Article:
Tuesday, March 27, 2012

Tuesday Poem: Previously published by Calyx in 1987

Painting by Francien Krieg



As I passed the door of her room,
I had to rub my eyes.

Her pink nipples and pale 
rise of china breasts
looked new as a young girl's
beneath the wrinkles of her face.

Old age rustled like wind on sand
in the Swancott Home for Ladies,
and she reclined oblivious,
an odalisque on a narrow bed
in coral and porcelain autumn light.

A gift of late blooming roses,
ashimmer over shifting dunes.
A mirage? No, an oasis in this 
barren, stoop-shouldered place.

Tuesday, March 20, 2012

Tuesday Poem: an earlier version published in Footwork 1987

My Mother Always Seemed Bigger Than Me

her face as round as a Russian Doll’s.
She even wore a babushka when it rained.
And her mother bigger still, enveloping her
in the do’s and don’ts of the world,
all the frowning dimpled faces and stocky bodies,
with wagging stubby fingers: No, no, no.

And my grandmother’s mother before her,
wearing cabbage and bacon grease perfume.
All the way back to Holland they go,
All of them closing over me, each 
generation more massive than the last.
All of them cast from a similar mold,
their arms painted on, akimbo over aprons,
faces barely holding in the rage they feel,
about working, working, always working
for children who don't appreciate.

O lineage of matriarchs, who tucked
your sheets too tight, I see you floating 
above me as my shadow comes down,
round as a bell jar,  grim as the final 
hour of night over my daughters, 
passing on that darkness, 
whether I want to or not.

Tuesday, March 13, 2012

Tuesday Poem: From The Grove In The Eye Of Light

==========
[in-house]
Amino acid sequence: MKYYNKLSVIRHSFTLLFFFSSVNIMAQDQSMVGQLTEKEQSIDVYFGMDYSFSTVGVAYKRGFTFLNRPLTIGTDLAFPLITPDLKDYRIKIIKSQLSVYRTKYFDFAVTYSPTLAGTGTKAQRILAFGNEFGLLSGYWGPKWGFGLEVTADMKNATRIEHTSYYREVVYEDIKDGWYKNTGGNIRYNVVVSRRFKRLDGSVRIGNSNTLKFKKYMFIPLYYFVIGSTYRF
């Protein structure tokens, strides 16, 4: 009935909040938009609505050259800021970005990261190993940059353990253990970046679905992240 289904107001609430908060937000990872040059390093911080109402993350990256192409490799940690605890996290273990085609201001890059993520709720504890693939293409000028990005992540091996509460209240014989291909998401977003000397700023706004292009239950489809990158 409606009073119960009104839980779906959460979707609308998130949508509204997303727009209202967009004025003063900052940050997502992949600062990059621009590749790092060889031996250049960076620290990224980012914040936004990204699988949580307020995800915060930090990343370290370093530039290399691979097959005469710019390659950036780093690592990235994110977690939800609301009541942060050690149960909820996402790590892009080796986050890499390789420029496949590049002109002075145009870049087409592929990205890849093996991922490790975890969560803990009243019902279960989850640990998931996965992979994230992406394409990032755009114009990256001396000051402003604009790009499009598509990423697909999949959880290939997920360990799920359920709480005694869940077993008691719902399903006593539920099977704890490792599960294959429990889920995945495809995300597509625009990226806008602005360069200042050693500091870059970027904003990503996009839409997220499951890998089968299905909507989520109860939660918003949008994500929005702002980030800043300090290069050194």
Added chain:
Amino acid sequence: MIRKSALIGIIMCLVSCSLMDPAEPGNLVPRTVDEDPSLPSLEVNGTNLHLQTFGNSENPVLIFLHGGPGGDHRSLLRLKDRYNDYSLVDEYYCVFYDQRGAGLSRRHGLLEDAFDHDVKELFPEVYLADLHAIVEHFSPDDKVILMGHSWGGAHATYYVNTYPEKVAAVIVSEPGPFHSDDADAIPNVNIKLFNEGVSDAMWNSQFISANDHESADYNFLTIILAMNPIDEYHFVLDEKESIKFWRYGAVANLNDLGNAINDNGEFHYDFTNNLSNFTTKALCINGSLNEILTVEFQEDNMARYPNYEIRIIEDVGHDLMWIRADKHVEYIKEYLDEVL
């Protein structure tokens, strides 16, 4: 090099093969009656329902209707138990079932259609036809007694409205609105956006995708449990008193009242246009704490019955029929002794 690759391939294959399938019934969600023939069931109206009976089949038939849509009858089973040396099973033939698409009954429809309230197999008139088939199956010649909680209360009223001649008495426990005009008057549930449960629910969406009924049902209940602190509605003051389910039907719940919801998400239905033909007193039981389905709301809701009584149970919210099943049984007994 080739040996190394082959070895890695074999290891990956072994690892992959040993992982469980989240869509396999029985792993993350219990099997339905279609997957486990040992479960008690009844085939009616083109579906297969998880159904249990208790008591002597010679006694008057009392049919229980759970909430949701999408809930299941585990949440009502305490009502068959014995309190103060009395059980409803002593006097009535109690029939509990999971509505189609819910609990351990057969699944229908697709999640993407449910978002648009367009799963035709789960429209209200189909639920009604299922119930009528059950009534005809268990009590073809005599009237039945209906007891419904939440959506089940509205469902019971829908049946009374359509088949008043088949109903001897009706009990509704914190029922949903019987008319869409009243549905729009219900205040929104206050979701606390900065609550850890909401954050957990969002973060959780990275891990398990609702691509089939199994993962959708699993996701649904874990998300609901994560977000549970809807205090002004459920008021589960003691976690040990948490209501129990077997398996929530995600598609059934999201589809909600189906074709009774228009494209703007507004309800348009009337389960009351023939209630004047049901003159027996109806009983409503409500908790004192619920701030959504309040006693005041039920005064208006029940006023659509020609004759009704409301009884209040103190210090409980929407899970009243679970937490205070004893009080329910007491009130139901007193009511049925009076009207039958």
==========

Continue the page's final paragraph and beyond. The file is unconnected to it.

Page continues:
The one and only time
we went to the park with Daddy,
I swung so high and long
it made me sick, and I had to
lie down on a bench to
make the world stop tilting
this way and that.

When I looked at them
sideways, the swings
heaved in and out,
like too many shallow breaths,
and Tommy became a blur,
a dream on the merry go round,
its silver handles pushed and pushed
by the big kids, until dark forces
snatched backwards so hard he had to let go,
flying, his legs and arms splayed,
landing hard, with a splat, in a
mud puddle big as a watering hole,
where he sat in shock all soaked
and mucky from head to toe.

When Daddy saw him,  he sauntered over,
told him to get up, we were leaving,
made us wade across the grass,
ankle deep through bruised pink
blossoms, all the way to the parking lot,
where Tommy had to stand still
while Daddy stripped him down
to his underwear, throwing
his wet clothes in the trunk,
to keep him from ruining
the Pontiac’s upholstry.

How hard he cried then,
leaning into my arms,
until he fell asleep,
on the long ride home,
the two of us lost
in the back seat’s
velvet gloom, 
and Daddy’s

Tuesday, March 6, 2012

Tuesday Poem: from The Grove In The Eye Of Light

Scrub Pine

He seemed to need so little,
his spare frame bent
on learning to play guitar,
my middle brother,
weathered and
sturdy as a pilot boat
lost in the salt mist of music.

Years I watched him,
cheered for him, trying to green
and grow while a hurricane
raged between our parents,
until he shut himself away
from all of us, taking the knob
off the door to his room,
replying to our entreaties
with bouts of silence.

Now his solos take me back
to when he was eight months old,
sitting in the high chair I carried out
to the back of the garden,
and kicking his little square feet,
as I fed him peaches,
cool and sweet,
the sky as blue
and cloudless as his eyes.